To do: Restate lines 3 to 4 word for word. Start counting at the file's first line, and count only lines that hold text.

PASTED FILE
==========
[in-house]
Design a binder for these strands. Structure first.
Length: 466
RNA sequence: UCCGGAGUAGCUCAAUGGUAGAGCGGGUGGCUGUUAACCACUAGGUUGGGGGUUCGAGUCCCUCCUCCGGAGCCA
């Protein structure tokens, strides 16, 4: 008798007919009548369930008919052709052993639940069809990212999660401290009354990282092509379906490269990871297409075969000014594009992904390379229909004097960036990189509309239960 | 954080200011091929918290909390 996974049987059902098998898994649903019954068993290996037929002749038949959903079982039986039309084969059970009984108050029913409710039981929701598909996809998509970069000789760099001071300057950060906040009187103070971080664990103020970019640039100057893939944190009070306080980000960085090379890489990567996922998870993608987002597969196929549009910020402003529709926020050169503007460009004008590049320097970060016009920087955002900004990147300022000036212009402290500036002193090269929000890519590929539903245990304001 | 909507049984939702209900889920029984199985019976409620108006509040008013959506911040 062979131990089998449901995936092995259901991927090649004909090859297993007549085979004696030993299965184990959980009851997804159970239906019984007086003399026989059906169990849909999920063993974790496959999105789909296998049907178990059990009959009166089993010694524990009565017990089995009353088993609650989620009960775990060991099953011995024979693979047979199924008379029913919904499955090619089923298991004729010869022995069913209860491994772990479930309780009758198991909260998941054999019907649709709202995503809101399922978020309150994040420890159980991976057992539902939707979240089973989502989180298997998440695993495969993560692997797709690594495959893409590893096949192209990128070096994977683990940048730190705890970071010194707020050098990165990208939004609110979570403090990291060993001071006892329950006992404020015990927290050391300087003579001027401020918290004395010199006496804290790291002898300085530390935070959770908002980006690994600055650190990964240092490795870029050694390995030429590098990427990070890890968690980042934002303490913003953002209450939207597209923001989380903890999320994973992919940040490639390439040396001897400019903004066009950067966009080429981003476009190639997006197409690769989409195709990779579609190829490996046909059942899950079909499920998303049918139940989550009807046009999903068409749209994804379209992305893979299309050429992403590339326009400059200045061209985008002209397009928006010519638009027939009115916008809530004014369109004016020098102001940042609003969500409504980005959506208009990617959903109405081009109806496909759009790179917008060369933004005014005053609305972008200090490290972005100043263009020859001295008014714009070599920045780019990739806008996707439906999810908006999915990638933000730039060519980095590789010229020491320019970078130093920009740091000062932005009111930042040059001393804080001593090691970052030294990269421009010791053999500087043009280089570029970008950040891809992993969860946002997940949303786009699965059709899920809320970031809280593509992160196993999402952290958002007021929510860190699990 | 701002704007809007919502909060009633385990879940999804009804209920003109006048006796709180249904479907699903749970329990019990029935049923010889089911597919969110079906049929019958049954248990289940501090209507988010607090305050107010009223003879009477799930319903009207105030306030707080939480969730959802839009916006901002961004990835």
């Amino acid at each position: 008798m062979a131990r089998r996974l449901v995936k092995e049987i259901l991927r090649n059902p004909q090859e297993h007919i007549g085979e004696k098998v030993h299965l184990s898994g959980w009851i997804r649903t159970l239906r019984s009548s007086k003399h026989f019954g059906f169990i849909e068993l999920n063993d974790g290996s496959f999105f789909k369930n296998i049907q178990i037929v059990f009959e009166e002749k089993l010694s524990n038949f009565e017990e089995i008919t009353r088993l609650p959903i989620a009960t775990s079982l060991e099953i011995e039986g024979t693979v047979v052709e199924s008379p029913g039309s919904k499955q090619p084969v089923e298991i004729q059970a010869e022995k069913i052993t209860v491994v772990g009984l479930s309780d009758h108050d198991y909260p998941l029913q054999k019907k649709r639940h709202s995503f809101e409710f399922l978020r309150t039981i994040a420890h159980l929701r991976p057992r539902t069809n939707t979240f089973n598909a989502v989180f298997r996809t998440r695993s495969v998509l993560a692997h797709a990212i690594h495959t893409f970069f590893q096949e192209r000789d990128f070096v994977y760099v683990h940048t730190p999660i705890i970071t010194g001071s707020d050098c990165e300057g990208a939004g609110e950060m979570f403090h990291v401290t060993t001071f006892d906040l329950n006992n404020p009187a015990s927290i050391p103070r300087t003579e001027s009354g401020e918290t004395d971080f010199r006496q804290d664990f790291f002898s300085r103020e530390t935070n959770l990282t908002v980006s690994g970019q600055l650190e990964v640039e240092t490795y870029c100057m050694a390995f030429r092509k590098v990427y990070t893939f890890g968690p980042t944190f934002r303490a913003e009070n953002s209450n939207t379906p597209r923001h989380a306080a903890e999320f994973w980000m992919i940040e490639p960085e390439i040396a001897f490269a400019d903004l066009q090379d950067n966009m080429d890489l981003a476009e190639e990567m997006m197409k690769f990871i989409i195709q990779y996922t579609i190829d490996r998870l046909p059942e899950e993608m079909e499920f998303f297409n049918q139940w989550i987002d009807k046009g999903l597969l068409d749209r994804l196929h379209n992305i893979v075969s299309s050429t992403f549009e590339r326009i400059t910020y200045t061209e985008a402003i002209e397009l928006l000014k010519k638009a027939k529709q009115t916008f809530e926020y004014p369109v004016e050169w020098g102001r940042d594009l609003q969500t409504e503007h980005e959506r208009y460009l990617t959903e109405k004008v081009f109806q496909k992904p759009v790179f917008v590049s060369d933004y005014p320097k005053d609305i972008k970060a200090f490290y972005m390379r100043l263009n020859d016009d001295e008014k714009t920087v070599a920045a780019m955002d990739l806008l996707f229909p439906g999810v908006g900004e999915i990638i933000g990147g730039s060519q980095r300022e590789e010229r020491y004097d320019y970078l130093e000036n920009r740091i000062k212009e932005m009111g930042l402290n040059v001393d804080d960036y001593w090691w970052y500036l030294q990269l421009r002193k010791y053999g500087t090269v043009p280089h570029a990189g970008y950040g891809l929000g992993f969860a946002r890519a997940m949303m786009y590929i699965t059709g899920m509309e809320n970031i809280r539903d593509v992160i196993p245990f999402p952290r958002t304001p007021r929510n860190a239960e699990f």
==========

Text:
Length: 466
RNA sequence: UCCGGAGUAGCUCAAUGGUAGAGCGGGUGGCUGUUAACCACUAGGUUGGGGGUUCGAGUCCCUCCUCCGGAGCCA